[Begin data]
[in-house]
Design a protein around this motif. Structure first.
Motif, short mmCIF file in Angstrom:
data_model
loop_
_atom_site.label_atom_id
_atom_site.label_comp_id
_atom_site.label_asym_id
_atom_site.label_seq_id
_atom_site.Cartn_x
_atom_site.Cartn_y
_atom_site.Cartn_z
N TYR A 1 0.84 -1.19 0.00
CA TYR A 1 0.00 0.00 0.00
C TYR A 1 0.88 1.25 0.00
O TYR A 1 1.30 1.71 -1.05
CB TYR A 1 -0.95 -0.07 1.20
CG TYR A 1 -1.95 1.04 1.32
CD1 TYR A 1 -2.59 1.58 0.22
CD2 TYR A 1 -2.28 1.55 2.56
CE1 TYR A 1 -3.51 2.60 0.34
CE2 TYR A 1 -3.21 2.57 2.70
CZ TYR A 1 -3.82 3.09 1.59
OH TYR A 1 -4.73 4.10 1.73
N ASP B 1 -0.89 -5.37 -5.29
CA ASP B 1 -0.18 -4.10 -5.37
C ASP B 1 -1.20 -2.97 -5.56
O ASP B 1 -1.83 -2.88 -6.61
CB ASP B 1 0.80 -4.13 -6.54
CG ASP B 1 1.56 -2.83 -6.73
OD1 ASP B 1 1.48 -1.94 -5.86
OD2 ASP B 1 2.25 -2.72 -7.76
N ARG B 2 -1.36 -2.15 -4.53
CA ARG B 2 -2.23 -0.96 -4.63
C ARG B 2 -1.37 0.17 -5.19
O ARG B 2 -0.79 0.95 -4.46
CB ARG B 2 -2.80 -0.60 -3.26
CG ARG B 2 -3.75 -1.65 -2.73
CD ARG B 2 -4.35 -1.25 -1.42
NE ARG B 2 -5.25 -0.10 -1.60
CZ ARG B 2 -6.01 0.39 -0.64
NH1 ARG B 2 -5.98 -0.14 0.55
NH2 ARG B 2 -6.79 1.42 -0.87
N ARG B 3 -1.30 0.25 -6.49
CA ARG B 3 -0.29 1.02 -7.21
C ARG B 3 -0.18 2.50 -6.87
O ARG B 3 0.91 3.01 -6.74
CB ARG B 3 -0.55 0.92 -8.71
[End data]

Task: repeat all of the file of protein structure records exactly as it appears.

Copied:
[in-house]
Design a protein around this motif. Structure first.
Motif, short mmCIF file in Angstrom:
data_model
loop_
_atom_site.label_atom_id
_atom_site.label_comp_id
_atom_site.label_asym_id
_atom_site.label_seq_id
_atom_site.Cartn_x
_atom_site.Cartn_y
_atom_site.Cartn_z
N TYR A 1 0.84 -1.19 0.00
CA TYR A 1 0.00 0.00 0.00
C TYR A 1 0.88 1.25 0.00
O TYR A 1 1.30 1.71 -1.05
CB TYR A 1 -0.95 -0.07 1.20
CG TYR A 1 -1.95 1.04 1.32
CD1 TYR A 1 -2.59 1.58 0.22
CD2 TYR A 1 -2.28 1.55 2.56
CE1 TYR A 1 -3.51 2.60 0.34
CE2 TYR A 1 -3.21 2.57 2.70
CZ TYR A 1 -3.82 3.09 1.59
OH TYR A 1 -4.73 4.10 1.73
N ASP B 1 -0.89 -5.37 -5.29
CA ASP B 1 -0.18 -4.10 -5.37
C ASP B 1 -1.20 -2.97 -5.56
O ASP B 1 -1.83 -2.88 -6.61
CB ASP B 1 0.80 -4.13 -6.54
CG ASP B 1 1.56 -2.83 -6.73
OD1 ASP B 1 1.48 -1.94 -5.86
OD2 ASP B 1 2.25 -2.72 -7.76
N ARG B 2 -1.36 -2.15 -4.53
CA ARG B 2 -2.23 -0.96 -4.63
C ARG B 2 -1.37 0.17 -5.19
O ARG B 2 -0.79 0.95 -4.46
CB ARG B 2 -2.80 -0.60 -3.26
CG ARG B 2 -3.75 -1.65 -2.73
CD ARG B 2 -4.35 -1.25 -1.42
NE ARG B 2 -5.25 -0.10 -1.60
CZ ARG B 2 -6.01 0.39 -0.64
NH1 ARG B 2 -5.98 -0.14 0.55
NH2 ARG B 2 -6.79 1.42 -0.87
N ARG B 3 -1.30 0.25 -6.49
CA ARG B 3 -0.29 1.02 -7.21
C ARG B 3 -0.18 2.50 -6.87
O ARG B 3 0.91 3.01 -6.74
CB ARG B 3 -0.55 0.92 -8.71